3 charged with insider trading in 2018 Medtronic acquisition
Two Minnesota men and their friend have been charged with using private business information to make stock purchases and profit off of a Medtronic acquisition.
Federal authorities say 66-year-old Doron Tavlin, of Minneapolis, 55-year-old Afshin Farahan, of Los Angeles, and 56-year-old David Gantman, of Mendota Heights, used nonpublic information to make more than $500,000 off of Medtronic’s acquisition of Mazor Robotics in 2018.
The three are charged both criminally and civilly for their actions. The Securities and Exchange Commission (SEC) charged them with violating antifraud provisions and is asking a court to force the three to give up all money they made from insider trading and pay a civil penalty. Meanwhile, the U.S. Attorney’s Office has charged them with conspiracy to engage in insider trading, securities fraud, and aiding and abetting securities fraud.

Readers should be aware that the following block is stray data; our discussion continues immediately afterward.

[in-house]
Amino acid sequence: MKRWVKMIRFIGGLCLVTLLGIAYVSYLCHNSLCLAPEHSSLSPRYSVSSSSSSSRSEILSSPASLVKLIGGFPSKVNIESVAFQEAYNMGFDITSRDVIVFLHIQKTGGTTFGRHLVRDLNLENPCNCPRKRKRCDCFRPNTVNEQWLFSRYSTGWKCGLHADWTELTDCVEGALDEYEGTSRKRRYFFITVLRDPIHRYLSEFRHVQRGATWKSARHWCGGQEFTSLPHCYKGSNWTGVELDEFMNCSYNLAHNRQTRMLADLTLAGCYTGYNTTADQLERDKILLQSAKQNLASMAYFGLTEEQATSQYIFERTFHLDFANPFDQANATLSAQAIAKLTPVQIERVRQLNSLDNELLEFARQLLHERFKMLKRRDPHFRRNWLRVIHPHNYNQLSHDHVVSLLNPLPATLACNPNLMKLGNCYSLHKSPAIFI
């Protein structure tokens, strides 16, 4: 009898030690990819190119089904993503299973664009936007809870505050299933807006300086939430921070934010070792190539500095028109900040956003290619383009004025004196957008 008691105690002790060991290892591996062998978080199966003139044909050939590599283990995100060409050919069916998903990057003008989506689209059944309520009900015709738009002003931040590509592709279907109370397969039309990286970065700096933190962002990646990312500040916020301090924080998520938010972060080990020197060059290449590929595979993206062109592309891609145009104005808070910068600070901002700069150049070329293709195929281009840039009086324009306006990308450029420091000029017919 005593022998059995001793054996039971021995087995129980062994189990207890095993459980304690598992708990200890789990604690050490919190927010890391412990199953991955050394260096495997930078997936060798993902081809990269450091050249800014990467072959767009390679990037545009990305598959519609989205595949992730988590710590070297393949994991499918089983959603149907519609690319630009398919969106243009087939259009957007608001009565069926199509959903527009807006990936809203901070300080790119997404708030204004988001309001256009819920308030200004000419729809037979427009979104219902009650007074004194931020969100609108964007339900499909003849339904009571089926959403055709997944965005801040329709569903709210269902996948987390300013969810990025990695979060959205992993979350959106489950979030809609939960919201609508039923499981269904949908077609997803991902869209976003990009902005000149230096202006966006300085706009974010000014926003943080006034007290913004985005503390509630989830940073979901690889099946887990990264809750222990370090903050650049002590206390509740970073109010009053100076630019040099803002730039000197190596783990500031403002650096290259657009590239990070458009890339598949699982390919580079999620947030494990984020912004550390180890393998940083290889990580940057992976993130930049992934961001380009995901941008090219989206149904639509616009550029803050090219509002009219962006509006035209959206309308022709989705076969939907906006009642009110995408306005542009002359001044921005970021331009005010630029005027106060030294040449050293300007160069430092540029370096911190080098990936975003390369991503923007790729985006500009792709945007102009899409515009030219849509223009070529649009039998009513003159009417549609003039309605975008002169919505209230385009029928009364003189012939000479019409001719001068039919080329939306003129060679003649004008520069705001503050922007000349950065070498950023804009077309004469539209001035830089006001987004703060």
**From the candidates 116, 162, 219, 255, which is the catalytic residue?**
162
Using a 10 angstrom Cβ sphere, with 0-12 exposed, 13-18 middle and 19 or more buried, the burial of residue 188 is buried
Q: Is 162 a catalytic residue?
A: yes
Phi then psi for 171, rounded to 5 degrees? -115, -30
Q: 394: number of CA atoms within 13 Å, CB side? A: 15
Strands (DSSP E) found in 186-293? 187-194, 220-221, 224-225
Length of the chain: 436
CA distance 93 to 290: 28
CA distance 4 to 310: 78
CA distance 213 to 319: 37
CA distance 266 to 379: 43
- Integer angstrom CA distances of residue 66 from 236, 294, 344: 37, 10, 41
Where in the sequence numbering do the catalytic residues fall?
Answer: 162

Court documents allege that Tavlin, who was a Mazor executive in 2018, tipped off Farahan about Medtronic’s plan to buy Mazor and told Farahan to buy Mazor stock on their behalf. Farahan then told his friend, Gantman, the same thing.
Over the next several weeks, Farahan and Gantman bought Mazor stock and call options several times. A month after Tavlin’s tip, Medtronic announced the planned acquisition and Mazor’s stock price rose by 10% the next day, the SEC complaint states, making Farahan and Gantman around $502,000 in profits. Farahan later gave Tavlin $25,000 for the tip.
Federal authorities also allege the trio tried to cover up their actions in the following months, and Tavlin passed along news that they were being investigated by the Financial Industry Regulatory Authority (FINRA). Prosecutors say Tavlin falsely denied knowing Farahan and Gantman when he was investigated by FINRA.
Tavlin and Gantman made their first court appearances on the criminal charges on Wednesday. Farahan has yet to make his first appearance.
The SEC says Tavlin consulted for Medtronic from 2016 until October 2017, when he left his role to become the vice president of business development at Mazor.